Do Your Beliefs Serve You?

I grew up telling self-deprecating jokes. I would make friends laugh as I told funny stories about my clumsiness or poke fun at myself because I was flat-chested. In the 10th grade, my friend Brian Duffy who went on to become an astronaut (I’m not kidding) took me aside and said, “You know, if you didn’t point these ‘flaws’ out, no one would even notice.”

That fell under the category of Things That Make You Go, “Hmmmm.”

That story came to mind this week because I’ve started to notice that several people in my life whom I care about are broadcasting their perceived flaws to the world.

I know a man who believes that his poor work record will prevent anyone from hiring him. The reason he job-hopped was because he was fighting a life-threatening disease that caused him to miss work even though his performance when he did get to work was superlative. Now that he’s healthy, I am concerned that, if he doesn’t find a way to replace this belief with another, he’ll be right—he won’t find anyone willing to take a chance on him.

Something else that got my attention involved a friend I am connected to via a social network. She posted in a derogatory way about a man who was interested in her.  The clear implication was that, if he was attracted to her, he must be desperate because she was no prize. How sad I was to read it.

Her perceived flaw is that she is physically disabled. And because she truly believes that no man worth his salt would be interested in her, she continually attracts men who confirm that belief.

The Law of Attraction dictates that you get more of what you focus on. 

Beliefs are a funny thing. We develop them often unconsciously, and then fail to question them. We gather information to support them and ignore information that would disprove them.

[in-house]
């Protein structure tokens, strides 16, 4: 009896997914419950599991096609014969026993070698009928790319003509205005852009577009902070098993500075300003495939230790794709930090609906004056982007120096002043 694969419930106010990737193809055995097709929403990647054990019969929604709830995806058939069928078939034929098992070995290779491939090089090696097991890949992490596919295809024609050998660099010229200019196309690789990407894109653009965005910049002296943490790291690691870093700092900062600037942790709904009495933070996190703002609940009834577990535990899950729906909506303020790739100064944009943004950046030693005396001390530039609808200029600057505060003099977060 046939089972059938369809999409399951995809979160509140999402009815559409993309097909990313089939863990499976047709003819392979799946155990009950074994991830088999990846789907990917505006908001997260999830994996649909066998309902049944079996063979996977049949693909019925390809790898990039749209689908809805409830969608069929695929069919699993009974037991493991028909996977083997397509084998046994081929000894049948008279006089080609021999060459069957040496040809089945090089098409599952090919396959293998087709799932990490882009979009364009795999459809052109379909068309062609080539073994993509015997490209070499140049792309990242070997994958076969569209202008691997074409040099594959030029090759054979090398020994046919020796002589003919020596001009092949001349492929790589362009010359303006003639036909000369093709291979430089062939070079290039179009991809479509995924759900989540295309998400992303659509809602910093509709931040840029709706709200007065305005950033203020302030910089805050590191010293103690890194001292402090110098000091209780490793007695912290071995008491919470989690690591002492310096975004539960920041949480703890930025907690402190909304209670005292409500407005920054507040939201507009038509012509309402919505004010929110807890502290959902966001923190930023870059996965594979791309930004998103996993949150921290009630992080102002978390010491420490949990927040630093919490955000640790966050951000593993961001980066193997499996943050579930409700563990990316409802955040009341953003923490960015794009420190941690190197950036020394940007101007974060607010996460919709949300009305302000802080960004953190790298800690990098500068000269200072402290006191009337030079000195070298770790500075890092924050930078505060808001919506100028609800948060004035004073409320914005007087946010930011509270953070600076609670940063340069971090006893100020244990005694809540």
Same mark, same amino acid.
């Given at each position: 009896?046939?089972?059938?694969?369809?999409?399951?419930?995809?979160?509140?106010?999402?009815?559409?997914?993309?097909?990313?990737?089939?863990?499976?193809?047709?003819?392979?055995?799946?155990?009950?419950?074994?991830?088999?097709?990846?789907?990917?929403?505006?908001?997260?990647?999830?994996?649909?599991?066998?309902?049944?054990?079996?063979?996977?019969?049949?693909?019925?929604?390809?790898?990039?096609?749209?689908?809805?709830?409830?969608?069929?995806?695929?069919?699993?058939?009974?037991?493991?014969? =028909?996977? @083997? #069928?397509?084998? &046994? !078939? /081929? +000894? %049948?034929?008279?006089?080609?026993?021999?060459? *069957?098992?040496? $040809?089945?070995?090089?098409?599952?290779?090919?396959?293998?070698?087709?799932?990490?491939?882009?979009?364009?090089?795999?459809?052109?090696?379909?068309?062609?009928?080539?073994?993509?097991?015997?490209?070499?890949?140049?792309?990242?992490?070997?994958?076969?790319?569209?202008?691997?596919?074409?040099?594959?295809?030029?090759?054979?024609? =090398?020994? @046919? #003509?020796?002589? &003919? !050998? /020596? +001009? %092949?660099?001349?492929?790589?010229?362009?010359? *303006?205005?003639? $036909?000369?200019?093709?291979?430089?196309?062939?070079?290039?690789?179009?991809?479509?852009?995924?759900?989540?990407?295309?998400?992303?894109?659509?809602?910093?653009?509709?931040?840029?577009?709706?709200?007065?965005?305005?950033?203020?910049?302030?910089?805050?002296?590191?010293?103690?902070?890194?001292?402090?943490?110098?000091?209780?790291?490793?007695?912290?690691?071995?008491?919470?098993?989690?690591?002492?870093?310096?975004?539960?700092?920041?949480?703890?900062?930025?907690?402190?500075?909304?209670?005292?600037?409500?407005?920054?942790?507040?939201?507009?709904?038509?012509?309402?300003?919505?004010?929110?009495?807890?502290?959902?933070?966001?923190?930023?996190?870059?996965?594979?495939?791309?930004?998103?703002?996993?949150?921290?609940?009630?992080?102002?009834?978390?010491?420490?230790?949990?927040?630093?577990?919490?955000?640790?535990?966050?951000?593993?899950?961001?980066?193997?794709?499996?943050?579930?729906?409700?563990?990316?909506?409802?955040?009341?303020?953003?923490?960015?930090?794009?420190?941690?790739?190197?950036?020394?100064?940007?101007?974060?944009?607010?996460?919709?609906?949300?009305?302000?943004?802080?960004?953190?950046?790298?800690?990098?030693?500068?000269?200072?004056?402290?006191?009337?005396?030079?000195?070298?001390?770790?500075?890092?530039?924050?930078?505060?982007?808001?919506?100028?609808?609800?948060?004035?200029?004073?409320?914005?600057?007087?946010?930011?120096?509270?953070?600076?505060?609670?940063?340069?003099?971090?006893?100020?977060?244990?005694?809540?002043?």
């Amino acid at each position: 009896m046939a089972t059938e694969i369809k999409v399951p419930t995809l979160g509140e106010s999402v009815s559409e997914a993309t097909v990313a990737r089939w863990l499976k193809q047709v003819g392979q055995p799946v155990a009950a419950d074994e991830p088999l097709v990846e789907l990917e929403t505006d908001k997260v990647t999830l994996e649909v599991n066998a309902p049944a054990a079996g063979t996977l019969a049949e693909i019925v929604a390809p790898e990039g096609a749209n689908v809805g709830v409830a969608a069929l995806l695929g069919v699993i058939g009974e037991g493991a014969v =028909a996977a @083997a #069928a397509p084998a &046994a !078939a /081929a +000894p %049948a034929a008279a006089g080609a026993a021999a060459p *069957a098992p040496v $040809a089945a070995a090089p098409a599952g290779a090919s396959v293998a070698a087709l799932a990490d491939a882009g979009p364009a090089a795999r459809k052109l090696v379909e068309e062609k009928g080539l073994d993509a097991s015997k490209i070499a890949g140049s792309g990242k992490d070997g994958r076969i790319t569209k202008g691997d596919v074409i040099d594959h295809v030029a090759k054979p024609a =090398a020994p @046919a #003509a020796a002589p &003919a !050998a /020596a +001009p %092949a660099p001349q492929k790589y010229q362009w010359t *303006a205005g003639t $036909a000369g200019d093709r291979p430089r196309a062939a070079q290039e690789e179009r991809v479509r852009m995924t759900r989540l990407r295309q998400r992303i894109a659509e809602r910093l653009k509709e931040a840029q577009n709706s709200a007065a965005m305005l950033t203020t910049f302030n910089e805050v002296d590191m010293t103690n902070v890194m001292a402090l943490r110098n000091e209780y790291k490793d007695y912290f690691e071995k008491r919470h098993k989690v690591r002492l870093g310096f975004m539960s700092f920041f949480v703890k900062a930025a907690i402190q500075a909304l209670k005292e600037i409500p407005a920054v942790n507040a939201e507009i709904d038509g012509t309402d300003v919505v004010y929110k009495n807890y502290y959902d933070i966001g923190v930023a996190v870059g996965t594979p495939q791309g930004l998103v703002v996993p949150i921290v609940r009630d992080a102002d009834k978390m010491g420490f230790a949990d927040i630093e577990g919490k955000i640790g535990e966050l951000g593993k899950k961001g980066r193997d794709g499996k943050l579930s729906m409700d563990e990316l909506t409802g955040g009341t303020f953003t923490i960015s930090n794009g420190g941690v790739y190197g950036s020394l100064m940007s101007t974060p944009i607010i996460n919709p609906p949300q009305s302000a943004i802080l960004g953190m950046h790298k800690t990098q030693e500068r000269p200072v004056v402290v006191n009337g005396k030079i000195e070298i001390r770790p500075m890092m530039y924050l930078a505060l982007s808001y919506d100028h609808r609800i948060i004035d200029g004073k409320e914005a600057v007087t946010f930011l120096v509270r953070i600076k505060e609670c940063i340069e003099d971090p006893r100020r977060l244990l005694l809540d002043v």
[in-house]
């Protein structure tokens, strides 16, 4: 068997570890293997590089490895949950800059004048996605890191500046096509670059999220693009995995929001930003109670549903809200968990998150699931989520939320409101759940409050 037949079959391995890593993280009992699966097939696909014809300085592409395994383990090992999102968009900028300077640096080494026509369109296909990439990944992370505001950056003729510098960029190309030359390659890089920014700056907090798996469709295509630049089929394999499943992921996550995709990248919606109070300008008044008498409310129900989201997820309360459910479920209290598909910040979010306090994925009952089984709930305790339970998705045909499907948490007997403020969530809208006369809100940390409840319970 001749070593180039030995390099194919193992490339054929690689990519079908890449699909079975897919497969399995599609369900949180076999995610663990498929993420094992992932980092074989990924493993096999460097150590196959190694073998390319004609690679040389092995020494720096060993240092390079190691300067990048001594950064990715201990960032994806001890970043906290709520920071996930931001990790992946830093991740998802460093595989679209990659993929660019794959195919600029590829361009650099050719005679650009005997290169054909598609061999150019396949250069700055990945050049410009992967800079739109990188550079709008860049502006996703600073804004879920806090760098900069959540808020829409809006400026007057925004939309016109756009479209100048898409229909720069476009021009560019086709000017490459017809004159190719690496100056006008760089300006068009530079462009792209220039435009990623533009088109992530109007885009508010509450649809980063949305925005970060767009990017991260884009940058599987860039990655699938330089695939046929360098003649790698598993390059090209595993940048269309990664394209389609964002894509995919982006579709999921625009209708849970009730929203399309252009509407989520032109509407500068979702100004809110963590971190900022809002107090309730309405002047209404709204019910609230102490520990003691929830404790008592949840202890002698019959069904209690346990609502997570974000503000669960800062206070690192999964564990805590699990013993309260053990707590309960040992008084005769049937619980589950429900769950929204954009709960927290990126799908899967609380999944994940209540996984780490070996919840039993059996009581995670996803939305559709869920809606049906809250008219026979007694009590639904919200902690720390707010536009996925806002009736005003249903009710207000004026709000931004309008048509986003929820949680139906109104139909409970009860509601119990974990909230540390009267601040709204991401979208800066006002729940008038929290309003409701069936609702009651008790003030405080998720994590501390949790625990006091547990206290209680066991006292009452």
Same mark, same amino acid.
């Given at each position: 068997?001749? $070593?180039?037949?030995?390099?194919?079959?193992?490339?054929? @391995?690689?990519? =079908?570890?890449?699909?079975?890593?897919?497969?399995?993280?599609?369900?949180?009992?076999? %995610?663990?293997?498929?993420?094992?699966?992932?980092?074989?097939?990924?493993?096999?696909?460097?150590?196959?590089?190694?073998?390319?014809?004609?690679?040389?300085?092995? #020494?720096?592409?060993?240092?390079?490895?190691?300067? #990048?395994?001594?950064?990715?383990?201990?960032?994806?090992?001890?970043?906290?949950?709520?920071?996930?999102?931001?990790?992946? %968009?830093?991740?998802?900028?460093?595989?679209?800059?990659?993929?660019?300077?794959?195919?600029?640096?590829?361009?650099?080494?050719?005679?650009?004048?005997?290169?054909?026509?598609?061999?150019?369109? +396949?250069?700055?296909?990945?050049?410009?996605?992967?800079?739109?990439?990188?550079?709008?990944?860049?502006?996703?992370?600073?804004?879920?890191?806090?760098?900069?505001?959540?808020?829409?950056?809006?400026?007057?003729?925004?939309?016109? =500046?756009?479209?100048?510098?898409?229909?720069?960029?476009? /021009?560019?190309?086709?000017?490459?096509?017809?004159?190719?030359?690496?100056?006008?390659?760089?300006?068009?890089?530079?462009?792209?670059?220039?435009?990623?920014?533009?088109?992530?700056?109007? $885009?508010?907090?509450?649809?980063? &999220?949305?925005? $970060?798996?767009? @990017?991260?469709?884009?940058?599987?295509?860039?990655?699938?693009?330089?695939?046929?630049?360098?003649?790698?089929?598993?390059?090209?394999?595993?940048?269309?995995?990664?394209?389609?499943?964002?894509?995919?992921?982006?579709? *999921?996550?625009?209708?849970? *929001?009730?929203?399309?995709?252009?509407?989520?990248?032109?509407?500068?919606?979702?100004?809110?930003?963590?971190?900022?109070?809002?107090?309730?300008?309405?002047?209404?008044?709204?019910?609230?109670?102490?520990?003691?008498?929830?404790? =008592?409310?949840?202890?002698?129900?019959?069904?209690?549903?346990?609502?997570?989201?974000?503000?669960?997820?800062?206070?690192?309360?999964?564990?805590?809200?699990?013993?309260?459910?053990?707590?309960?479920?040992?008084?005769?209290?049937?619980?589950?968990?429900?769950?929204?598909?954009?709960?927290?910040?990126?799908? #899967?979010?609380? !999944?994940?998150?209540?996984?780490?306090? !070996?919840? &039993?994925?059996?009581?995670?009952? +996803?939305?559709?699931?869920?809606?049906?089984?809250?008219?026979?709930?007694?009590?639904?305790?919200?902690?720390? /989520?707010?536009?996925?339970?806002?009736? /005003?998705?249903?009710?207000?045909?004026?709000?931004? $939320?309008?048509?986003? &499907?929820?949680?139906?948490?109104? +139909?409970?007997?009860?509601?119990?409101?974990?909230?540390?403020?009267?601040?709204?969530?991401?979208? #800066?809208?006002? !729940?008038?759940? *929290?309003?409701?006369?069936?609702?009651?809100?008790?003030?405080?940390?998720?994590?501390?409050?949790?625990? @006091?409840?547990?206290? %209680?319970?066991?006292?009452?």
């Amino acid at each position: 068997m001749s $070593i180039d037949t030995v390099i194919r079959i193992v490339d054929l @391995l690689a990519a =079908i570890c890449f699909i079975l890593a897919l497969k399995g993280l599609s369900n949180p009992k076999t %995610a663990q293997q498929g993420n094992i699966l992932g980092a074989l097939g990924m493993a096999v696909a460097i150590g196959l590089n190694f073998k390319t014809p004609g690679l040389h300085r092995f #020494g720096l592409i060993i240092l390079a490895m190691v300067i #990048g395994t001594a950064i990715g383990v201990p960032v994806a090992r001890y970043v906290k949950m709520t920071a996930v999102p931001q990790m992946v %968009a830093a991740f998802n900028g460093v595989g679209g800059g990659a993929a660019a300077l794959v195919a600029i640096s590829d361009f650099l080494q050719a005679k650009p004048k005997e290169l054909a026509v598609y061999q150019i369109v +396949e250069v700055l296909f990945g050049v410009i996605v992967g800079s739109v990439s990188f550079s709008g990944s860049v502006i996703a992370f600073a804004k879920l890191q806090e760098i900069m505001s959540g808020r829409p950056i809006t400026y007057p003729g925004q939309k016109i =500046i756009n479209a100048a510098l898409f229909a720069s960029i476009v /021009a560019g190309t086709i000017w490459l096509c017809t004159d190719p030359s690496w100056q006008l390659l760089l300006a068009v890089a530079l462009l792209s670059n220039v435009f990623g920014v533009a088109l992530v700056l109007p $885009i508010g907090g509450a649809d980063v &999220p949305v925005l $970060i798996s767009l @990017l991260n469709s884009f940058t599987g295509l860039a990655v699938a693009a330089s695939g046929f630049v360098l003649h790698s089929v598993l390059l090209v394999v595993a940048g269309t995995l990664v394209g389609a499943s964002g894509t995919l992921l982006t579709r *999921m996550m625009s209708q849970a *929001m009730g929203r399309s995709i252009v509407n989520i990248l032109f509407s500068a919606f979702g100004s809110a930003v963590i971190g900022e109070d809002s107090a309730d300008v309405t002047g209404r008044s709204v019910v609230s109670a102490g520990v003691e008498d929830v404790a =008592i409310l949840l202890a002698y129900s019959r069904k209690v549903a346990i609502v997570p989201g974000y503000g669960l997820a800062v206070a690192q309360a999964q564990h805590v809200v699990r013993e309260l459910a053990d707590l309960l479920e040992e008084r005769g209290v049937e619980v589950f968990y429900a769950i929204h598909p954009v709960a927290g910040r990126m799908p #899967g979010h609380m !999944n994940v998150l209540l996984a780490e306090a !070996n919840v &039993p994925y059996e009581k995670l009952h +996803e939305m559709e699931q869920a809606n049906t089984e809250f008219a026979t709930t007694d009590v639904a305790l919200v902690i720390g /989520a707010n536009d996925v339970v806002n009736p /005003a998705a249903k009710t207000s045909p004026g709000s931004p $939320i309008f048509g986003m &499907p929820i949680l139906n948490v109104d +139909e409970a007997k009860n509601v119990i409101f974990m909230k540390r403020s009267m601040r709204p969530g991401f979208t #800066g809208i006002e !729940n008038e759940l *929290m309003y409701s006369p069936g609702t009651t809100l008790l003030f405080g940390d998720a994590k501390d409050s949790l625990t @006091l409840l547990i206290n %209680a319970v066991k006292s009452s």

So how can you replace beliefs that do not serve you?  Start gathering evidence that what you believe is not true.

My friend who is looking for a job has had several excellent interviews and come close to job offers. The very fact that companies are interested in interviewing him even after seeing his job history is evidence that the world can be and often is forgiving.  So I try and get him to see the clues that indicate he is getting closer to landing a job.  Instead he steadfastly focuses on the jobs that got away. Unless and until he can start believing that a company he’d want to work for will consider him job-worthy, I fear he will continue on this bumpy road.

Beliefs cannot be broken; they must be replaced. 

My disabled friend would do well to begin paying attention to the men in her life who are wonderful, even if she’s not romantically involved with them. If she can attract a terrific guy as a friend, it’s a very short jump to attracting one who wants to be more. Everyone has some disability. There are many men out there who have enough character to look beyond the physical.

What are the beliefs you hold that don’t serve you? If you’re not sure, pay attention to the self deprecating things you joke about. Or start noticing what annoys you in others.

When I was in my 40s I started to get very annoyed by young women. I would think, “Oh, sure. Enjoy your youth now honey because soon, it will all be over.” These thoughts didn’t make me feel good and, once I considered what was going on, I realized I was uncomfortable with my own aging.  I knew that I needed to change my belief about being “old” or I would start to attract people who also thought me old. So what I did was look for women who were 15-20 years older than I who I thought were amazingly vibrant and healthy. The more of them I notice, the better I feel about where I am and where I am going.

Beliefs are just stories you’ve made up about what has happened to you.  If you’re going to make up a story, why not make up one that serves you?

Always remember, you get more of what you focus on.

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